The Death of the Gods: A Pyrrhic Victory?
OF THE EXISTENTIAL VOID OF FAITH AND HOPE IN A MODERN WORLD
Pope Benedict suggested that: “The postmodern assault on truth is pursued under the semblance of freedom, but it becomes a prison for each one, for it separates people from one another, locking each person into his or her own ego.”
Undoubtedly, the late Pope is controversial for many, as a person and in his role. However, I believe, his passing, together with the death of other “iconic” figures symbolically representing both old and new “religions” — invites us to a stimulating reflection: what is the place of faith and hope in our postmodern society?
Faith is sometimes defined as the combination of intellectual agreement, and trust. A “chair” is often used to illustrate this: intellectual assent is recognizing that a chair is a chair; trust is actually sitting in the chair, reliant on it being (well-)designed to support us whilst sitting on it. The proverbial “leap of faith” implies both vulnerability of exposure and enactment in accordance with a deeply held system of belief.
James Fowler once defined faith as the “universal quality of human meaning making” — used by all people regardless of their (religious)
beliefs. Faith, he suggested, occurs as individuals place personal confidence and loyalty in one or more “centres of value” — be that religion, (royal) family, (capitalism and) money, sports, or others — that help to situate our “self” within a meaningful cosmos.
In Christianity, faith is closely related to hope. Hope, is our reasonable confidence in a specific future — more than just a wish. Faith includes hope, but is not only future-oriented; it provides deeper orientation and relatedness, in a significant way.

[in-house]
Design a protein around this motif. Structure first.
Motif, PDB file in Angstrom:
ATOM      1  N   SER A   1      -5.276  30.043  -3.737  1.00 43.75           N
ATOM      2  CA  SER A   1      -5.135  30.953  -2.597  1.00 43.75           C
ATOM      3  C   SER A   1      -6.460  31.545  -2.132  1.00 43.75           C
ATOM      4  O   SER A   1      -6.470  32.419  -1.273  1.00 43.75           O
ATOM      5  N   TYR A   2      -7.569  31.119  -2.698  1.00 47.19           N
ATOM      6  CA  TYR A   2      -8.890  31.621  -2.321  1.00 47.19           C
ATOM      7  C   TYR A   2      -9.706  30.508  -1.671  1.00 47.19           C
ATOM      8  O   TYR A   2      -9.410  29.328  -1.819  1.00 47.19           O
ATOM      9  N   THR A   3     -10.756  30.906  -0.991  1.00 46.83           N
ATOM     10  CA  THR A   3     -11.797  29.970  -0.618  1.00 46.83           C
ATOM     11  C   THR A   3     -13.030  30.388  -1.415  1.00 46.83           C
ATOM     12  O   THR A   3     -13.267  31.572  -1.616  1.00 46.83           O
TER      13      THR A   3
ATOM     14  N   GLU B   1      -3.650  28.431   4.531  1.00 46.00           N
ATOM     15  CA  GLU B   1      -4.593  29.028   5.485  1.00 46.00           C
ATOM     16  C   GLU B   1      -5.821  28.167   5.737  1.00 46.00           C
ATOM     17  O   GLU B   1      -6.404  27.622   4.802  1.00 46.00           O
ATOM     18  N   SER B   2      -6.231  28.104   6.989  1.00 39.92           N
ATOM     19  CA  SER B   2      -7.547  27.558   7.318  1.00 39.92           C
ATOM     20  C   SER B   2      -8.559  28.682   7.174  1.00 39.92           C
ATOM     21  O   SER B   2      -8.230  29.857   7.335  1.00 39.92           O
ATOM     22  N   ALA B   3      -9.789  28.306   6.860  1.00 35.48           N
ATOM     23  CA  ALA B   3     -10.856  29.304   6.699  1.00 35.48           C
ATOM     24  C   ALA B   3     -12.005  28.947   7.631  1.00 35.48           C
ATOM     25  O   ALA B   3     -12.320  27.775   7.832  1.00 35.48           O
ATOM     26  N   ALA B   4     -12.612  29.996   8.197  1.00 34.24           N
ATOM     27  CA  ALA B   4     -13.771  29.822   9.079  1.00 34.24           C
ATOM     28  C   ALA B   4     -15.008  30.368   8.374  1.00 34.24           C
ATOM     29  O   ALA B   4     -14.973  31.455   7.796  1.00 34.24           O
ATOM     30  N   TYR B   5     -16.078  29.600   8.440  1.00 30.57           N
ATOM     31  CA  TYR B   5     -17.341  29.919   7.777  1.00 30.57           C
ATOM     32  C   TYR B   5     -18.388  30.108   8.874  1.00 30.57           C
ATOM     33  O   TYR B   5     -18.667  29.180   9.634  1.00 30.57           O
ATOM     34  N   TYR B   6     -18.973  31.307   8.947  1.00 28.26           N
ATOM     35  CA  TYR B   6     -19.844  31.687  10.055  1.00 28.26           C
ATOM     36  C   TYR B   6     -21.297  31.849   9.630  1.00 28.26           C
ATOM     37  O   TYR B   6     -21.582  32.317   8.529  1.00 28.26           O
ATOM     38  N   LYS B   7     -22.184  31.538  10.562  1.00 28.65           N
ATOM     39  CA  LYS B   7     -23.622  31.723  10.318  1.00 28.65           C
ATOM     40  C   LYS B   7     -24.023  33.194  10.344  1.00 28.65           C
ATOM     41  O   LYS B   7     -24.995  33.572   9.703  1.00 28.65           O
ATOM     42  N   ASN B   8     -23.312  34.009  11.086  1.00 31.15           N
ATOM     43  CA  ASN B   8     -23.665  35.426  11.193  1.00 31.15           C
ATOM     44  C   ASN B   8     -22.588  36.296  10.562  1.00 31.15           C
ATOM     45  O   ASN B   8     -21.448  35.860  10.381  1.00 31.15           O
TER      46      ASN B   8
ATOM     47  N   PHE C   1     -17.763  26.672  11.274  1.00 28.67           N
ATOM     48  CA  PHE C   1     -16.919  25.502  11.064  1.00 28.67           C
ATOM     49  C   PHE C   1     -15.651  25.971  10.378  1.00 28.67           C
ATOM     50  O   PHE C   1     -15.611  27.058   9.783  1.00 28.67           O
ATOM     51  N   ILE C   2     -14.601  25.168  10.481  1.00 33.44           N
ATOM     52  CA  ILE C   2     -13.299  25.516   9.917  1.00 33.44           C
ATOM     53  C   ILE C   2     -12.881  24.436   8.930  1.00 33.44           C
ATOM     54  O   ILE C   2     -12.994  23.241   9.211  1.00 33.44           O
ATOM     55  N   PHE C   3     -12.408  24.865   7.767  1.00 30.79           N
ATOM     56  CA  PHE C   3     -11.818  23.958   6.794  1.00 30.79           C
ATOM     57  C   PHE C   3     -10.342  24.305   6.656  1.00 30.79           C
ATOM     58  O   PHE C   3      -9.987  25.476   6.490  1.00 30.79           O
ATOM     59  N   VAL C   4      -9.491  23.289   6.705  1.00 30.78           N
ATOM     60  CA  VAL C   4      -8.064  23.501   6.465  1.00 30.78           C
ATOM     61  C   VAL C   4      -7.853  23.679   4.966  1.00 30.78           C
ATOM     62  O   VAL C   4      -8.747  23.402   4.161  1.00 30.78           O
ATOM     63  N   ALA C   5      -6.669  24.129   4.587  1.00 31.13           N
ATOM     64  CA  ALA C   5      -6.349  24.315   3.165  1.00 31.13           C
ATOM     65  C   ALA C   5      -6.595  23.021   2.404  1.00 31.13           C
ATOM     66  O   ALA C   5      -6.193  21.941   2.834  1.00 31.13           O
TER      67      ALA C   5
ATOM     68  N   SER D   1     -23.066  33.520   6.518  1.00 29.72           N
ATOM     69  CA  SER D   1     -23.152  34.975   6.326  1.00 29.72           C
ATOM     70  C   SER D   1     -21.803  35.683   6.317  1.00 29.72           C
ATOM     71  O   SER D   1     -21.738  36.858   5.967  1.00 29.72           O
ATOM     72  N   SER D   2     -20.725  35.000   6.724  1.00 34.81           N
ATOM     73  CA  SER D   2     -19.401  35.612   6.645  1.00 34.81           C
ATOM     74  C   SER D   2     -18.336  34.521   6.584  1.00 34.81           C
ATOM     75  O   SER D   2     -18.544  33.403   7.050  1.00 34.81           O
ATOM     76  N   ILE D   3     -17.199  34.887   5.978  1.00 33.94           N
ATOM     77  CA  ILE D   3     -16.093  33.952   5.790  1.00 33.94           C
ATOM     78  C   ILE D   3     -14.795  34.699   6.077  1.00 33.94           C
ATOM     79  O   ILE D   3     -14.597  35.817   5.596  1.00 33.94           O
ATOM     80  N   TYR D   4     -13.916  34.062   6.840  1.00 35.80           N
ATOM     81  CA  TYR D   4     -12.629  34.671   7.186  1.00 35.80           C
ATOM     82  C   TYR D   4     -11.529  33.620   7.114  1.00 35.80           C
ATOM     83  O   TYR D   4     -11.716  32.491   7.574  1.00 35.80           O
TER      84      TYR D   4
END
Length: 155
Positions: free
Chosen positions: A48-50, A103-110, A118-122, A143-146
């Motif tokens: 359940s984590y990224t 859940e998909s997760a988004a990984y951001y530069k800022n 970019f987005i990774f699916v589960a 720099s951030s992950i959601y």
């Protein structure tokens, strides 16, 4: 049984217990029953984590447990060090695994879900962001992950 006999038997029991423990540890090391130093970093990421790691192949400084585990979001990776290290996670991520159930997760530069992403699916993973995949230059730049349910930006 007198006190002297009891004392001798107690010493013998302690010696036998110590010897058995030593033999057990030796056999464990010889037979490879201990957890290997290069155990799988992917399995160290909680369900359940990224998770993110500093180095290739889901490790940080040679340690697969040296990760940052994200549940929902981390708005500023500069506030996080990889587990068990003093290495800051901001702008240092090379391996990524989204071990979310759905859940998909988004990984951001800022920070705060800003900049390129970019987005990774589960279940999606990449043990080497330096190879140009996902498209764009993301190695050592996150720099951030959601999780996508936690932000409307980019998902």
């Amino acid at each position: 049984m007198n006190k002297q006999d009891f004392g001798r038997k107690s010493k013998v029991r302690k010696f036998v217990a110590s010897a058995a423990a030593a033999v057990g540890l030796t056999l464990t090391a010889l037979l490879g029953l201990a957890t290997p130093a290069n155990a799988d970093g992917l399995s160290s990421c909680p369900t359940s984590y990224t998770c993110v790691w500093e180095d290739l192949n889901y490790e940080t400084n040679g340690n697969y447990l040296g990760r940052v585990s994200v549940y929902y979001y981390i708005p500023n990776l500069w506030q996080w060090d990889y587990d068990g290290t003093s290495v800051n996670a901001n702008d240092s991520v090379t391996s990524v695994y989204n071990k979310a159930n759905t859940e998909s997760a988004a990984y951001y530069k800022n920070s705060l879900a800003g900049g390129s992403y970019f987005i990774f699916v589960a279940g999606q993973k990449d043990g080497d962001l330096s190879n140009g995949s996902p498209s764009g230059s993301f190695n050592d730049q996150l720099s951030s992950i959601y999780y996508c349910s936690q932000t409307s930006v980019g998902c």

In psychology, hope is often defined as motivational energy derived from our agency to attain a goal through a specific path. Hence, we might argue that faith provides direction whilst hope generates momentum. Therefore, meaningful transformation might indeed require both.
Today, traditional and novel “centres of value” are in deep crisis. Organised religion is haunted by scandals and its hubristic clinging to absolutist power; worldly “absolutism” has long entered a stage of irrelevance and ridicule; new “unholy religions” like football have become symbols of corruption and human pettiness; and the “spirit of capitalism” has transmuted from hopeful “glasnost” into the unsustainable and arrogant irresponsibility of global capitalism…
Why is that a problem? Faith enables us not only to transform individually —but to seek and embrace transcendental and universal ethical values as a society: ‘How can humans be wonderful?’, asked the humanists of the past. Thus, the real menace of the 21st century, quipped Benedict, is not religion but a ‘dictatorship of relativism’. Devoid of epistemological truth and societal faith, the category of “good” disappears — humanity loses its ability to act collectively for a greater common good…
Post-truth and post-faith, our modern “realists” proudly challenge: ‘why is man so rotten?’ — oblivious that the grimacing phantom in the mirror is not the face of freedom, but despair…
Thanks to the many great comments and conversations on LinkedIn — to be updated here soon.
A special thanks to Bill Durodie for his stimulating thoughts that led to this (updated) reflection. Here, the article Bill shared and upon which I am trying to build: https://www.spiked-online.com/2022/12/31/pope-benedict-vs-the-calculating-elites/